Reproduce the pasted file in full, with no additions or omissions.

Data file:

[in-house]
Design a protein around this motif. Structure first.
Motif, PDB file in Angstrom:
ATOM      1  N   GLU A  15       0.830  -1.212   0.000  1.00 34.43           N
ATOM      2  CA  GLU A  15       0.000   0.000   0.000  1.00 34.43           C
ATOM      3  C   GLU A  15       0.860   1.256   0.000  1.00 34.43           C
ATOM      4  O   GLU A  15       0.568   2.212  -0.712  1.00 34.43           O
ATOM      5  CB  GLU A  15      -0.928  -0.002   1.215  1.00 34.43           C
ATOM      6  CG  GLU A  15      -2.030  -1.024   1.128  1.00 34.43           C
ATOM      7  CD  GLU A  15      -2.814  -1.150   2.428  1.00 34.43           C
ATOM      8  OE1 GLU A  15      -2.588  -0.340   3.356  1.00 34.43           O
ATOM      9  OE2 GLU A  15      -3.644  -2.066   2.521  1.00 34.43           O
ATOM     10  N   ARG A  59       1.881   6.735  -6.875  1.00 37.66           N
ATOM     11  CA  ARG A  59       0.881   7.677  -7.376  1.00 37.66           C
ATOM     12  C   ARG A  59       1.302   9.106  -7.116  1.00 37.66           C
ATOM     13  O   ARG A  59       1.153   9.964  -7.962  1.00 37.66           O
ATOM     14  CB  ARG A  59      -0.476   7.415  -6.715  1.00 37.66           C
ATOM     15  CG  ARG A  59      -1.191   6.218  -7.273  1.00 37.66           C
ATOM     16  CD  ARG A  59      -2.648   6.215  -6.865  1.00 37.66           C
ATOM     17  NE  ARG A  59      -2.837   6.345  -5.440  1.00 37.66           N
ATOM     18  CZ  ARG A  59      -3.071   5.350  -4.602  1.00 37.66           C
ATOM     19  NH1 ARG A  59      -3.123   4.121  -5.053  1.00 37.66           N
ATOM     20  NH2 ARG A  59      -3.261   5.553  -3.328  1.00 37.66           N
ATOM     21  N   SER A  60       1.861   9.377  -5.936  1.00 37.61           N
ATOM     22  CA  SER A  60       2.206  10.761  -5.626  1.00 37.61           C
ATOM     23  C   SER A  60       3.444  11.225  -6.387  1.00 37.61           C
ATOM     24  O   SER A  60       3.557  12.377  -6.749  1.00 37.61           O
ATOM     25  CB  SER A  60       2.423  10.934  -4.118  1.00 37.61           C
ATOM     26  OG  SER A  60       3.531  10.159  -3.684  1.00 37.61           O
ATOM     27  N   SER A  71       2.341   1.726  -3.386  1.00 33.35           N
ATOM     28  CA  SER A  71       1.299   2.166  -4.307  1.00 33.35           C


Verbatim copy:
[in-house]
Design a protein around this motif. Structure first.
Motif, PDB file in Angstrom:
ATOM      1  N   GLU A  15       0.830  -1.212   0.000  1.00 34.43           N
ATOM      2  CA  GLU A  15       0.000   0.000   0.000  1.00 34.43           C
ATOM      3  C   GLU A  15       0.860   1.256   0.000  1.00 34.43           C
ATOM      4  O   GLU A  15       0.568   2.212  -0.712  1.00 34.43           O
ATOM      5  CB  GLU A  15      -0.928  -0.002   1.215  1.00 34.43           C
ATOM      6  CG  GLU A  15      -2.030  -1.024   1.128  1.00 34.43           C
ATOM      7  CD  GLU A  15      -2.814  -1.150   2.428  1.00 34.43           C
ATOM      8  OE1 GLU A  15      -2.588  -0.340   3.356  1.00 34.43           O
ATOM      9  OE2 GLU A  15      -3.644  -2.066   2.521  1.00 34.43           O
ATOM     10  N   ARG A  59       1.881   6.735  -6.875  1.00 37.66           N
ATOM     11  CA  ARG A  59       0.881   7.677  -7.376  1.00 37.66           C
ATOM     12  C   ARG A  59       1.302   9.106  -7.116  1.00 37.66           C
ATOM     13  O   ARG A  59       1.153   9.964  -7.962  1.00 37.66           O
ATOM     14  CB  ARG A  59      -0.476   7.415  -6.715  1.00 37.66           C
ATOM     15  CG  ARG A  59      -1.191   6.218  -7.273  1.00 37.66           C
ATOM     16  CD  ARG A  59      -2.648   6.215  -6.865  1.00 37.66           C
ATOM     17  NE  ARG A  59      -2.837   6.345  -5.440  1.00 37.66           N
ATOM     18  CZ  ARG A  59      -3.071   5.350  -4.602  1.00 37.66           C
ATOM     19  NH1 ARG A  59      -3.123   4.121  -5.053  1.00 37.66           N
ATOM     20  NH2 ARG A  59      -3.261   5.553  -3.328  1.00 37.66           N
ATOM     21  N   SER A  60       1.861   9.377  -5.936  1.00 37.61           N
ATOM     22  CA  SER A  60       2.206  10.761  -5.626  1.00 37.61           C
ATOM     23  C   SER A  60       3.444  11.225  -6.387  1.00 37.61           C
ATOM     24  O   SER A  60       3.557  12.377  -6.749  1.00 37.61           O
ATOM     25  CB  SER A  60       2.423  10.934  -4.118  1.00 37.61           C
ATOM     26  OG  SER A  60       3.531  10.159  -3.684  1.00 37.61           O
ATOM     27  N   SER A  71       2.341   1.726  -3.386  1.00 33.35           N
ATOM     28  CA  SER A  71       1.299   2.166  -4.307  1.00 33.35           C